– Steel：Blast all surface in accordance with SSPC-SP10(“Near White”, SIS Sa 2 1/2).
The following equipment is listed as a guide and suitable equipment from other manufacturers may be used. Adjustments of pressures and change of tip size may be needed to achieve the proper spray characteristics.
Airless Spray – Standard airless spray equipment, such as Graco Bulldog Hydra-spray with .021” to .027” tip. Air pressure: 2200 psi(150 atm).
Conventional Spray – Industrial spray equipment, such as DeVilbiss MBC or JGA
spray gun. Separate regulators for air and fluid pressure, mechanical pot agitator and moisture and oil trap in the main air supply line is recommended.
Power Mixer – Mixer such as Jiffy Mixer, manufactured by Jiffy Mixer Company, Inc., San Francisco, California, Mixer must be powered by an air motor or an explosion-proof electric motor.
- ENVIROMENTAL CONDITIONS
Air temperature : 5 ~ 38℃, Surface temperature: 5~45℃
The surface temperature must be at least 3℃ above the dew point to prevent moisture condensation.
Relative humidity : up to 85%
1) Clean equipment with Thinner002 before use.
2) Stir material thoroughly with explosion-proof power mixer until uniformly blended to a workable consistency.
3) Thinning is normally not required. If thinning is necessary for workability, thin with up to 3%(by volume) use Thinner002 per 18L.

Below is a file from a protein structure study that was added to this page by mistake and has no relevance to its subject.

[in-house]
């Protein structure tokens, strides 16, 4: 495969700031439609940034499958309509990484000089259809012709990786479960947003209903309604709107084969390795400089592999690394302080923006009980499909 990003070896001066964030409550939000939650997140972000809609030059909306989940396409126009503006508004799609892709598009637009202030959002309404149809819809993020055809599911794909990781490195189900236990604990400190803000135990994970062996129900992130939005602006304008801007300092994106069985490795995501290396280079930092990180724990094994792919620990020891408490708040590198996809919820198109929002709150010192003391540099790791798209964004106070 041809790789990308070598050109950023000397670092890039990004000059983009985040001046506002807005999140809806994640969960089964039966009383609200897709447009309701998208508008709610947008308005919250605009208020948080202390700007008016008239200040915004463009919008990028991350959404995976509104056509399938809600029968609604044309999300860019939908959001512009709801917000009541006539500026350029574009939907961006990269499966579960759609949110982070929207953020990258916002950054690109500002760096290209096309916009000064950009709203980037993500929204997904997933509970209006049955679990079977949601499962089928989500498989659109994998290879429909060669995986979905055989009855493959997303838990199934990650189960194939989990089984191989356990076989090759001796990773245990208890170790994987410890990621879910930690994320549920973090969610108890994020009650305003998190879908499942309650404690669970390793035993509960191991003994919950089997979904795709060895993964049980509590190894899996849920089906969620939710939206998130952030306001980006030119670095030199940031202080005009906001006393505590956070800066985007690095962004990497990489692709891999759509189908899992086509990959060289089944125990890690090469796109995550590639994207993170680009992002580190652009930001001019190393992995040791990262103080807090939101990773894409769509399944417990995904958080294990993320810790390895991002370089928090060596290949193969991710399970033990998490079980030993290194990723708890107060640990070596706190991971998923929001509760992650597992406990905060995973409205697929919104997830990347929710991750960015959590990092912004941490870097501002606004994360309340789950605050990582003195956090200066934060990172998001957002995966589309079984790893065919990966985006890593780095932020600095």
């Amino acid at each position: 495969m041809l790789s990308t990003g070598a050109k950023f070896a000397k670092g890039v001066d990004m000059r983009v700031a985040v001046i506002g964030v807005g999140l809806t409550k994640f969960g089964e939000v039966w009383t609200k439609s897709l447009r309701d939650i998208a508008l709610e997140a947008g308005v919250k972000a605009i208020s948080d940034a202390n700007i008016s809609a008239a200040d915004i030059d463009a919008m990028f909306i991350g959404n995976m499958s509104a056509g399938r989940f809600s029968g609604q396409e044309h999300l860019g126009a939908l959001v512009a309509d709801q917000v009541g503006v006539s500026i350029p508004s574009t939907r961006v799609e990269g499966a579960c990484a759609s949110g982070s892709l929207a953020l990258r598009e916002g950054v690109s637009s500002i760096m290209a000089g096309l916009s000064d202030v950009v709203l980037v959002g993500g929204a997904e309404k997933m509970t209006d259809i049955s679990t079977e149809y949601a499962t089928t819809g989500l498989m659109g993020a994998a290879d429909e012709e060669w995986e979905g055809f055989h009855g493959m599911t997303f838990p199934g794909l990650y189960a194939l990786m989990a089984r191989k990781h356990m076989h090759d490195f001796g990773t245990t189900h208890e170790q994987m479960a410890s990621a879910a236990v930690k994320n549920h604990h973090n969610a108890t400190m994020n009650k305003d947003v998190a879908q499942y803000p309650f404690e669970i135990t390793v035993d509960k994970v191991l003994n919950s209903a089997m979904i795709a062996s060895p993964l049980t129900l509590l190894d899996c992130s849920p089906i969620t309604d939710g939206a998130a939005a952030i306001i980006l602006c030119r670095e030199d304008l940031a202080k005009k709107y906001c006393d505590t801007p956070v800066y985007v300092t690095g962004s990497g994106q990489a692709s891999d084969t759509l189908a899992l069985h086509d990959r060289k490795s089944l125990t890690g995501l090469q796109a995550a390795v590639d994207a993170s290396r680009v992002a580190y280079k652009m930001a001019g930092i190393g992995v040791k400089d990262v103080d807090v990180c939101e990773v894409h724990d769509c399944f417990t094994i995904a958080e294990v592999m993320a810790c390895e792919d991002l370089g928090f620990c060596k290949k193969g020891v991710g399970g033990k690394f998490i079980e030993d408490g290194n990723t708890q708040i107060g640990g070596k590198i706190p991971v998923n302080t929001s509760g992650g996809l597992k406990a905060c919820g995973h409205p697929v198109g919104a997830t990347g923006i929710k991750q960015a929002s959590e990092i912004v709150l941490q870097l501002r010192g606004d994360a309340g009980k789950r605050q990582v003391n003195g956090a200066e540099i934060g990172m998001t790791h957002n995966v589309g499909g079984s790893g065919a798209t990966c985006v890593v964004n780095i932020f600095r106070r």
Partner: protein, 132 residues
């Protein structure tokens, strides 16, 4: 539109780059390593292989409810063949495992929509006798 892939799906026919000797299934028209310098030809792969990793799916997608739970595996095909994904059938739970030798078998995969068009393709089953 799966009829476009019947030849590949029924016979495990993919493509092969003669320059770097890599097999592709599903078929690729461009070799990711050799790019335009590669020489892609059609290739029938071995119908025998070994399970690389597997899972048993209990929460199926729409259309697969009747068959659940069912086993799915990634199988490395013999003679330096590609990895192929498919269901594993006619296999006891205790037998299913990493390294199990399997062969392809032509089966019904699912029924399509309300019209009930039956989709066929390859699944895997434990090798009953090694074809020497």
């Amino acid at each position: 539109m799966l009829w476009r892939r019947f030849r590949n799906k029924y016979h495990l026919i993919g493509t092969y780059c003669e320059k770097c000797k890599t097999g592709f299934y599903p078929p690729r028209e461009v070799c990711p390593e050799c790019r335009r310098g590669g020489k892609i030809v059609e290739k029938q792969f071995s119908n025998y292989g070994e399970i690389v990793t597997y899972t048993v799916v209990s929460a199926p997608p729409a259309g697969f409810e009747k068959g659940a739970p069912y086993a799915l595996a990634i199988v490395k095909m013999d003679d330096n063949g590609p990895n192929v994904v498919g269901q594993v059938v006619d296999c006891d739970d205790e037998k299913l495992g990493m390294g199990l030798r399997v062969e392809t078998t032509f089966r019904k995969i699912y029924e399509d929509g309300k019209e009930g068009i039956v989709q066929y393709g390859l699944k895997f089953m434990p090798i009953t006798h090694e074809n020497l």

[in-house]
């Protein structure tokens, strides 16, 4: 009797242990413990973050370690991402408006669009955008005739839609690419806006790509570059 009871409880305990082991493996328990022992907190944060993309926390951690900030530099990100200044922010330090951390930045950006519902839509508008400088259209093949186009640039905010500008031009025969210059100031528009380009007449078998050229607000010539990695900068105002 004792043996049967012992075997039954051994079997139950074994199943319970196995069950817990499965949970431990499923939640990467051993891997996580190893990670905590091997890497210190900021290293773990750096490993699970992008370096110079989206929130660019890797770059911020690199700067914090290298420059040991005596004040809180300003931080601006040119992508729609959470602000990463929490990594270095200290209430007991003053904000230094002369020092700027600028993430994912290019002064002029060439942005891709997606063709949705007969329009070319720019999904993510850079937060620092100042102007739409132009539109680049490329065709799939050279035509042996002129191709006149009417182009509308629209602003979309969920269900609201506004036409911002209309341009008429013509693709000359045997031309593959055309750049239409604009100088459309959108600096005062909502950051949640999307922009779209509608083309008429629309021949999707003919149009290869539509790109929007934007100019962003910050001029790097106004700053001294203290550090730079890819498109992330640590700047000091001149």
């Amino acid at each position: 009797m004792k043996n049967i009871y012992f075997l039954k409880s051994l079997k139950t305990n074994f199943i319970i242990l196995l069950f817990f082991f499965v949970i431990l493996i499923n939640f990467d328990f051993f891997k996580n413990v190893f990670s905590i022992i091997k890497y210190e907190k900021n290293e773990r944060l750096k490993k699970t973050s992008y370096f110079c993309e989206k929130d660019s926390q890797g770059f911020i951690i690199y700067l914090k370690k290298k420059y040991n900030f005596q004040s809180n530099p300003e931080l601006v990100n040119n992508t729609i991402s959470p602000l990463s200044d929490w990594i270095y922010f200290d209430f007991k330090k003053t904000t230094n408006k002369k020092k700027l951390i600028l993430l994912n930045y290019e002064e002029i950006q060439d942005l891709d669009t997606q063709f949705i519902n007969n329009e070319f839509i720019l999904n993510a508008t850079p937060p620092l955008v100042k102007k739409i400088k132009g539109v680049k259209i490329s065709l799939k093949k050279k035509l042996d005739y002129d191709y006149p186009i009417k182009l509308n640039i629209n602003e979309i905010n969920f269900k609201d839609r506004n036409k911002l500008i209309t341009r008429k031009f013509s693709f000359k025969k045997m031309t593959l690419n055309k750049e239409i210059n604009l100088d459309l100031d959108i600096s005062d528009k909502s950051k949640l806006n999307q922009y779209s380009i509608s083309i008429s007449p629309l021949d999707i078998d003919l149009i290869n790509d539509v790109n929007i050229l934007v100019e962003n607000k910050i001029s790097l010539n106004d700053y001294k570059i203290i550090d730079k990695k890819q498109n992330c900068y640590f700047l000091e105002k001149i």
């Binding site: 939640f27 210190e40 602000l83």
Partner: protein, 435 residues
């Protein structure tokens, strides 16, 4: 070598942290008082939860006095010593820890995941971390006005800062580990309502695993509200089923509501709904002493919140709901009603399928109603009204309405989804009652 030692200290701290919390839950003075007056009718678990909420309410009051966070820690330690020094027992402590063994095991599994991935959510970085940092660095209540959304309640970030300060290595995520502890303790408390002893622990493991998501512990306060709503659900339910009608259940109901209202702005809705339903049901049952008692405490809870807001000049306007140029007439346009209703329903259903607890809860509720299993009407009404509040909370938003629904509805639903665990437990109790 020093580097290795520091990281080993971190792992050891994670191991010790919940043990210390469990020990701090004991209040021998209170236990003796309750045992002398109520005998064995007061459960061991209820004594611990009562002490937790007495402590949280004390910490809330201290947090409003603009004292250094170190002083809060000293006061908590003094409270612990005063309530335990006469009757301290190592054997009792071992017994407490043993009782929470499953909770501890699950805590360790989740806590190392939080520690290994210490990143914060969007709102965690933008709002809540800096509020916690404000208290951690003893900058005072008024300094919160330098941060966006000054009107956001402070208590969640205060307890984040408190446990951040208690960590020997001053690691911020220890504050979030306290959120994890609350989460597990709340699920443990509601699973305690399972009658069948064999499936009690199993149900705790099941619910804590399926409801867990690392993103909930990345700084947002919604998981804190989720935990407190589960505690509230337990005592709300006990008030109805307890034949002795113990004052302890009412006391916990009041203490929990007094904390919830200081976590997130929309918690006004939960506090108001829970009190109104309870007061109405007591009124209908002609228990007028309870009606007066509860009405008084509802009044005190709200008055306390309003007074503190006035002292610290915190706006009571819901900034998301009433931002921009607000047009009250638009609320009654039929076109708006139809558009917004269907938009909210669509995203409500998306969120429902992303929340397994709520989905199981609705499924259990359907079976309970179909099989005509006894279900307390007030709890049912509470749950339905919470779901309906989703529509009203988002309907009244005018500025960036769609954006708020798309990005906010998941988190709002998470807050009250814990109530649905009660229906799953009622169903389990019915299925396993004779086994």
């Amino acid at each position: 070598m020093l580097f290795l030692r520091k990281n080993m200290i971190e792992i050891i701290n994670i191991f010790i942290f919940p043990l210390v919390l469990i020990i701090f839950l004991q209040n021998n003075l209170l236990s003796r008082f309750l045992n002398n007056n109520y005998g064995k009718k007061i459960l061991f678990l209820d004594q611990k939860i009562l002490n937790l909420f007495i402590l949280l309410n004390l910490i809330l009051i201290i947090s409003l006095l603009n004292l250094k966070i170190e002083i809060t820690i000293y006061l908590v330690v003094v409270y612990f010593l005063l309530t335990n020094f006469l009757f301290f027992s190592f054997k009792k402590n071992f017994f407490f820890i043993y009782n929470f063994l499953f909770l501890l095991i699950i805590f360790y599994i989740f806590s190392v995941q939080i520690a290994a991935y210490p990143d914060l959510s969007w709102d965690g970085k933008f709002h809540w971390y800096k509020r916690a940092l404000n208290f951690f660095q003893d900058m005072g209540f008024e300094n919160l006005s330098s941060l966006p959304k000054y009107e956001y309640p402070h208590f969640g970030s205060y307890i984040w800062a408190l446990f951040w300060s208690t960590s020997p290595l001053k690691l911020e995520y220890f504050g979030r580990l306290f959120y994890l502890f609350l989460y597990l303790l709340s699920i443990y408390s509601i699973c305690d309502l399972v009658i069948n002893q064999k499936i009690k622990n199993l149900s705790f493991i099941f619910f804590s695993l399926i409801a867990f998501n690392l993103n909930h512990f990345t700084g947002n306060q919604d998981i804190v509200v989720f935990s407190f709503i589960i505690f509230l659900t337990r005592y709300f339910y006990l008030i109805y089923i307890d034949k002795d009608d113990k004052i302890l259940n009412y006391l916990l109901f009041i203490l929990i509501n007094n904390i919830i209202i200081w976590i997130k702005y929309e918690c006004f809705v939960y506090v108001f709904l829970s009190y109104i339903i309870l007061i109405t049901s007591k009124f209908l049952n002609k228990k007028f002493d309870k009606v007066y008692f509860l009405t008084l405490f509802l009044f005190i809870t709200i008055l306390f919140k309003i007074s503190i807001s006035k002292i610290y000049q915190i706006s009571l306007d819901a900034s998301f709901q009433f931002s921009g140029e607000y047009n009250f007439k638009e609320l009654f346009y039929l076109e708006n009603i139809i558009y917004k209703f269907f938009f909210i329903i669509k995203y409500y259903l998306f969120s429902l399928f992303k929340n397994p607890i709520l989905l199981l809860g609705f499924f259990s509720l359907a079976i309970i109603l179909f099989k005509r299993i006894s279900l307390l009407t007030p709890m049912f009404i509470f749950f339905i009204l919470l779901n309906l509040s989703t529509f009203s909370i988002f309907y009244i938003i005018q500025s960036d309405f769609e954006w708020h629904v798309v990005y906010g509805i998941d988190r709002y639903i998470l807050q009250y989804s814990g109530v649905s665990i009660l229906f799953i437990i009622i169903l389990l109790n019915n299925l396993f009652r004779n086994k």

4) Apply a heavy, wet coat in even parallel passes overlapping each pass 50% to avoid holidays, bare areas and pinholes.
5) Drying time to recoat : 48hours ~ 5days at 20℃
6) Curing time for immersion service : 5days at 20℃
7) Clean all equipment with Thinner002 immediately after use.
8) Use the material within pot life(20℃, 1hrs).
Keep away from heat and open flame.
Avoid contact with eyes and repeated contact with skin.
Keep adequate ventilation during application.
Avoid breathing of vapors or spray mist.
Stir all material thoroughly before applying.
Use the material within pot life.
1) Fire and Explosion
The majority of paints contain flammable organic solvents. As soon as a paint container is opened, solvent vapors are released. The flash point is the lowest temperature at which a liquid gives off sufficient vapor to form an inflammable mixture in contact with air;
– If the flash point of the paint is lower than or close to the temperature of the air there is a very considerable risk of explosion and fire.
– If the flash point exceeds the air temperature then there is no risk of explosion but there is still a risk of fire.
As such, therefore, no naked flames, cigarettes or matches should be allowed near and area where paint is being applied or stored. Precautions should also be taken to avoid sparks from electrical appliances or caused by metal to metal contact. If a fire involving paint does occur;
Do not extinguish with water, as paint solvents float on water, as paint solvents float on water and this helps to spread fire.
Use a dry chemical, foam or CO2 extinguisher.
Protect yourself from the fumes with breathing apparatus.